Regarding the individual strategies, understand what each is expected to do. Upgrading, and especially Sector Rotation, are supposed to perform great in the current environment. Dynamic Asset Allocation isn’t. It’s supposed to do okay now, but be great in the opposite environment — bear markets. Over full market cycles and the long-term, DAA’s historical performance has been better than the overall market. But it gets there by outperforming during bear markets despite lagging the market at the end of bulls.
     
  3. Play Good Defense
    Before discounting DAA too quickly in the current environment, consider the vital role it plays in incrementally playing defense within a portfolio. Psychologically, it’s tough to make significant changes to one’s stock allocation all at once. That’s one reason why traditional market-timing approaches don’t work for most people: apart from it being extremely difficult to figure out accurate signals, those trades are emotionally brutal to execute.

    Contrast that with DAA, which never has more than two-thirds of its holdings in stocks at any given time. DAA recently sold its foreign stock holdings after owning them roughly a year and a half. That wasn’t a particularly hard move for SMI members to make: it was only a portion of the portfolio and DAA makes similar changes fairly regularly. While it likely didn’t feel like a “big deal” to readers, the result was to lower DAA’s stock allocation to just a third of the portfolio.

    Who has the easier emotional path from here, if the market declines and it becomes clear we’re in the early stages of a bear market? The DAA investor who simply has one more incremental step of eliminating a one-third position in U.S. stocks at a pre-established interval, or an investor who has been heavily invested in stocks for years and has to figure out when and how much to trim that heavy stock allocation?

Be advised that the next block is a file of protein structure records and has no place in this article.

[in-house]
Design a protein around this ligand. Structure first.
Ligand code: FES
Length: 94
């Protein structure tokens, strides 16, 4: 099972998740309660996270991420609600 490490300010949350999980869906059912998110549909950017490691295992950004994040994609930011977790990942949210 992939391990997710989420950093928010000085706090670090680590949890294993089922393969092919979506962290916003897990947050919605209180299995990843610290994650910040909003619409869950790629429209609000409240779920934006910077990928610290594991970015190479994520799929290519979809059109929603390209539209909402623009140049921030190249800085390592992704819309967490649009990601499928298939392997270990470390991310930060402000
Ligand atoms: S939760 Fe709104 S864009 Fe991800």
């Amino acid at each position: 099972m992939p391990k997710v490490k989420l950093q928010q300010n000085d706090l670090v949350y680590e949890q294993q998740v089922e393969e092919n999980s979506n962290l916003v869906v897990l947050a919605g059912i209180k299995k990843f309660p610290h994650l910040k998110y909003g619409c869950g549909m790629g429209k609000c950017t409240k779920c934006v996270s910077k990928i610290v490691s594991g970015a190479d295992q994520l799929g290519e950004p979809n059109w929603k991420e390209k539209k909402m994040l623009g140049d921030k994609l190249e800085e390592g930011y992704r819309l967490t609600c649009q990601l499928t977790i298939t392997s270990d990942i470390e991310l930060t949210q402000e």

Another key development in our ability to play good defense was the introduction of Upgrading 2.0 at the beginning of 2018. While the research indicates we shouldn’t expect Upgrading’s bear-market defense to be quite as strong as DAA’s, it does allow us to confidently keep Upgrading money invested right through the end of a bull market, while still expecting some reduction to the losses inflicted by the ensuing bear market.

    SMI members using the type of multi-strategy approach we frequently discuss likely have a good portion of their portfolios covered by some type of defensive protocol. For example, a 50/40/10 portfolio would have 90% of the portfolio covered by either DAA’s or Upgrading 2.0’s defensive measures. Those actions are built right into the strategies themselves, so members don’t have to do anything special. They just keep following the monthly instructions as they normally would. This should help tremendously with actually executing the defensive steps, because those steps won’t feel particularly unusual or like they’re coming from outside the normal system.

Summary

The bottom line is that SMI’s strategies allow us to stay invested through what can be surprisingly long “late” bull market periods — harvesting those gains — while still seeing our downside reduced when bear markets hit. Long-term, we think that approach will lead to better results than trying to anticipate bear markets and reduce stock exposure beforehand. Mentally and emotionally, it’s much easier to follow the same strategies long-term: through bull markets, bear markets, and those confusing periods when we’re not sure which animal is in charge!